The singer’s supplication for her life to end is a necessary valley; only at her nadir can she summon the strength to “fight for [her]self” and attain inner peace.  As such, we see Kesha taking the high road here.  While she can be caustic toward Dr. Luke (“When I’m finished, they won’t even know your name”), her overall message is one of forgiveness: “I hope your soul is changing, changing/ I hope you find your peace.” 

            Praying is a marked departure from her previous singles.  Eschewing former themes of prurience and hedonism, Kesha displays a seldom seen openness in the form of a sobering, contemplative ballad.  Stentorianly sung over dour piano chords, Kesha’s affirmations may border clichéd at times (“some things only God can forgive”), but they never lose their cogency.  This has always been a talent of Sebert’s—her ability to convey a particular sentiment or construct a specific scene in her music often allows for the inclusion of well-worn turns of phrase, but never to detrimental effect. 

            Per the iridescent text at the end of the music video, Praying is a new beginning for Kesha, a second act following the years-long adversity pervading her professional life.  Whether it was out of maturity or catharsis (or both) that the song was written, Kesha effectively distances herself from a pernicious past without indulging in needless self-pity or petty invective against her adversary.  If the last three years have been “one of those horrible dreams,” then Praying is Kesha’s much-needed awakening.     






Album Review: Big Thief – Capacity

By Sean Hannah (@Shun_Handsome)

Despite existing on seemingly disparate musical strata, hip-hop and indie rock share more common ground than one might presume. Both genres, generally speaking, tend to feature lyrics that serve to perpetuate distinct personae for their respective artists, with hip-hop espousing delusions of grandeur and indie rock false humility and overzealous self-deprecation.  Artists from either camp who indulge too blithely in these tropes tend to catch flak from audiences and critics alike; materialistic, hyper-masculine rappers are written off as tacky or contrived while lugubrious rock singers are dismissed as unconvincing and unnecessary.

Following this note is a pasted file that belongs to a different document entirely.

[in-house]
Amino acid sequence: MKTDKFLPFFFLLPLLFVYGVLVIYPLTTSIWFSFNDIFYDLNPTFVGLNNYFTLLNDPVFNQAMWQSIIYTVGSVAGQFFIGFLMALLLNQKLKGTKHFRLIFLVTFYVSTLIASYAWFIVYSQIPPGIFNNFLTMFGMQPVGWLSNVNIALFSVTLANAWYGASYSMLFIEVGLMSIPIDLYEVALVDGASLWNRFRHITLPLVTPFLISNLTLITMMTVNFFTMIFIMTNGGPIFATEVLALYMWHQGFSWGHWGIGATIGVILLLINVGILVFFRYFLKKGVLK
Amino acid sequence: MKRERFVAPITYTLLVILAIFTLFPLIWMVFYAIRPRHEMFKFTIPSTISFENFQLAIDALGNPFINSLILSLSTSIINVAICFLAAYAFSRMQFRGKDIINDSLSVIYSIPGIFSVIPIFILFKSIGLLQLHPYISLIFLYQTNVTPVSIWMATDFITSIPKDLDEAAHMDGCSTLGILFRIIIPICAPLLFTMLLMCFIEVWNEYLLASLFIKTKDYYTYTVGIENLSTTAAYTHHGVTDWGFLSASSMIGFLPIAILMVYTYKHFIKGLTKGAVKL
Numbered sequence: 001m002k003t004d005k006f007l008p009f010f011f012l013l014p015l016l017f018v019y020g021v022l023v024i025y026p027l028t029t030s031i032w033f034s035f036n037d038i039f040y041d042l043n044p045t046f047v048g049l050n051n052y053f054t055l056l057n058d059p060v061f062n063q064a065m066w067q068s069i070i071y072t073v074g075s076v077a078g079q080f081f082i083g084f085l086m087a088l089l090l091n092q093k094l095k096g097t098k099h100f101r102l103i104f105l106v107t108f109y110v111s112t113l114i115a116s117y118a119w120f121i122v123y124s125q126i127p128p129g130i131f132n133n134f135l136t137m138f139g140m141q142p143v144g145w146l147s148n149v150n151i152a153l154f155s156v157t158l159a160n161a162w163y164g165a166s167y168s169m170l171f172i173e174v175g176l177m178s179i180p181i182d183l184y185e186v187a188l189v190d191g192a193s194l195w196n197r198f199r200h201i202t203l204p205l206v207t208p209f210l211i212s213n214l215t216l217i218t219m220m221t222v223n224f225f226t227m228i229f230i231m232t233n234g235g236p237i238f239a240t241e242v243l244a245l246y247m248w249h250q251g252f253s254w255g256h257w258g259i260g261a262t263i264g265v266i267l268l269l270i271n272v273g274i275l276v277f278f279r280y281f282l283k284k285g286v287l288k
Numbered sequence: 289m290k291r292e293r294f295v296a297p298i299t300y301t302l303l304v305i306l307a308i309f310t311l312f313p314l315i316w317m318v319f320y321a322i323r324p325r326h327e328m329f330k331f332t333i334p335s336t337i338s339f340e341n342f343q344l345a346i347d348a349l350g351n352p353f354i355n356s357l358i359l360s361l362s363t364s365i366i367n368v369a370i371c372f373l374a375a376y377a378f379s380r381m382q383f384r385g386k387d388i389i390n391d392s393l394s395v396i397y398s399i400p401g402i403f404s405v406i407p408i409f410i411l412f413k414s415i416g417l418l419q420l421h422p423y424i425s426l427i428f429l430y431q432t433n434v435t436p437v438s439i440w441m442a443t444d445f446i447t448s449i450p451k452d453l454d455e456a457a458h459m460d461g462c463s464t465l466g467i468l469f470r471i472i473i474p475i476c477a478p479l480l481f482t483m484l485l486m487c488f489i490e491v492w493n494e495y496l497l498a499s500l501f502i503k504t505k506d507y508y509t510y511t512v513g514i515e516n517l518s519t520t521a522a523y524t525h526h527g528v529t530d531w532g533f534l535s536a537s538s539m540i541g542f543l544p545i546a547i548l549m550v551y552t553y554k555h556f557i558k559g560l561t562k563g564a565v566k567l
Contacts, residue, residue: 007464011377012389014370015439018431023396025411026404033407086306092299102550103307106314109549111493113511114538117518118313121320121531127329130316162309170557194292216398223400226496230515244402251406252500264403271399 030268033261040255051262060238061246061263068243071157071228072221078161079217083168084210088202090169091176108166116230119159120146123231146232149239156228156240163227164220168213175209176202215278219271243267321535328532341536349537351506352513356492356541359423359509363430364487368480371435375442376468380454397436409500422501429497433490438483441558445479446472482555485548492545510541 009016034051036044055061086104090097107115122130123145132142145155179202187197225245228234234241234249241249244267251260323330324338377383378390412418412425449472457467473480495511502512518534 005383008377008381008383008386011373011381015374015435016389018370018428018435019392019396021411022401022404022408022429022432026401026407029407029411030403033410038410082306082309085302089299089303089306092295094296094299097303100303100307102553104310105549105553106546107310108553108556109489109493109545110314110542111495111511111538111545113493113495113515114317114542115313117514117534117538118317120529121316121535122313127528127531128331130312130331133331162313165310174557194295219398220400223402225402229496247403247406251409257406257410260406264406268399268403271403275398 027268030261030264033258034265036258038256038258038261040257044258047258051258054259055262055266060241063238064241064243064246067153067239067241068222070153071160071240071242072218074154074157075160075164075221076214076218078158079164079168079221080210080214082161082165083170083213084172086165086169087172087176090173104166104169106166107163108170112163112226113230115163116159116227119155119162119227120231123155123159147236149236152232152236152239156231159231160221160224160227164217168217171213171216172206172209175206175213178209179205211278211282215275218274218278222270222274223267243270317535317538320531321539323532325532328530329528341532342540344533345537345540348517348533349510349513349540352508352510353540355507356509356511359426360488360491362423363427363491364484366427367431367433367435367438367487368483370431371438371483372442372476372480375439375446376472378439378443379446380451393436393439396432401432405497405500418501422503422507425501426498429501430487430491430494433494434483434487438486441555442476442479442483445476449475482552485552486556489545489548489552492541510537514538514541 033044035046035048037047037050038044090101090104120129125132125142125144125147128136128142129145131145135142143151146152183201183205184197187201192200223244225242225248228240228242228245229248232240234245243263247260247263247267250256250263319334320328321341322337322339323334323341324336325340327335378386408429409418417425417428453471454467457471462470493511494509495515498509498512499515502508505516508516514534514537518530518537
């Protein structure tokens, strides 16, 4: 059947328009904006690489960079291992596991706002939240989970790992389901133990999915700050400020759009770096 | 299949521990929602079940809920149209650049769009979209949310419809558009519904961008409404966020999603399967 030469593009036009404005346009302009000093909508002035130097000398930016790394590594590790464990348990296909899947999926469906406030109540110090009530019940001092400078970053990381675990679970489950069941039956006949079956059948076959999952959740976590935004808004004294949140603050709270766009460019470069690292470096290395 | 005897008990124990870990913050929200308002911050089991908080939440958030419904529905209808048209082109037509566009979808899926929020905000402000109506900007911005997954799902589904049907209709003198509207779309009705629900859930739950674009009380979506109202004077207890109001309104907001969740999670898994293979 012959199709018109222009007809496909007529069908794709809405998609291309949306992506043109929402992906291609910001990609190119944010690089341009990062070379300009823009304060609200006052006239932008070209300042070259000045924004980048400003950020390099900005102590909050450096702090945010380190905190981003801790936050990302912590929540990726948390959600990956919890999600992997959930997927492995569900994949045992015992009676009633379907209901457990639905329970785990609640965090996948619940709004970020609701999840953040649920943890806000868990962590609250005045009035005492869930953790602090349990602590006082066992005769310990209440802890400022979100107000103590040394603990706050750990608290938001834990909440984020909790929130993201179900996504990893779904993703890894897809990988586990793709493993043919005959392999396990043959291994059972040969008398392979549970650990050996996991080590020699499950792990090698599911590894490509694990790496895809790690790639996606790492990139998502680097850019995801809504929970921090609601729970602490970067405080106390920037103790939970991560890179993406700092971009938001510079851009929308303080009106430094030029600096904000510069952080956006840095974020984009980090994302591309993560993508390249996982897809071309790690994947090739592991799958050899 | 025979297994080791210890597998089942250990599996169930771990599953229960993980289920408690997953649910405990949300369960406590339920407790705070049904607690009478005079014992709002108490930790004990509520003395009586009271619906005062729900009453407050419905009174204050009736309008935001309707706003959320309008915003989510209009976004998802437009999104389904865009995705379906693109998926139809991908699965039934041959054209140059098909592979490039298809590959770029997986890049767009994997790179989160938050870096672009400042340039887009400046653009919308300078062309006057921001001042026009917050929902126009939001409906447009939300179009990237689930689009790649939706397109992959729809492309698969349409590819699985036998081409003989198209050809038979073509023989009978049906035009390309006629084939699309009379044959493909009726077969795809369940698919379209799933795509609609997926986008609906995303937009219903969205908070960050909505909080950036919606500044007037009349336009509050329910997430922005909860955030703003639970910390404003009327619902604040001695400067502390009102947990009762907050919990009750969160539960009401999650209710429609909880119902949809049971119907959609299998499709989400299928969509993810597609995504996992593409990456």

Though Brooklyn-based Big Thief fall into the latter category, their self-effacement is hardly disingenuous and their keen lyrics suggest a kinship with some of hip-hop’s more inspired songwriters.  On Capacity, Big Thief’s sophomore LP, the group deliver a reassuring continuation of the sound that so frequently impressed on their debut Masterpiece and refines the poetic lyricism of front-woman Adrianne Lenker, which effortlessly conflated unyielding sincerity with gut-wrenching viscera.   

            Similarly to Masterpiece, Capacity meshes together the warm guitar sound of late-‘60s/early-‘70s roots rock and garage music’s characteristically unpolished veneer.  “Shark Smile,” a Springsteenian tale of geographical travel and personal travail, incorporates a CCR-inspired chord progression to quell the disquiet of the song’s paroxysmal intro. On more subdued tracks like “Black Diamonds,” the lightly-distorted instrumentation butters up the otherwise dry album’s even-tempered musicianship (thanks to unsung heroes Buck Meek, Max Oleartchik, and James Krivchenia). But that’s not to say that the quieter songs falter without this roughness.  The record’s opener “Pretty Things,” with its gentle finger-picked guitar arpeggios, would be perfectly in place as a McCartney or Lennon ballad on The White Album but for its inimitable lyrical content courtesy of Lenker.  Soft or loud, Big Thief can sustain an intensity that lesser bands could only hope to achieve.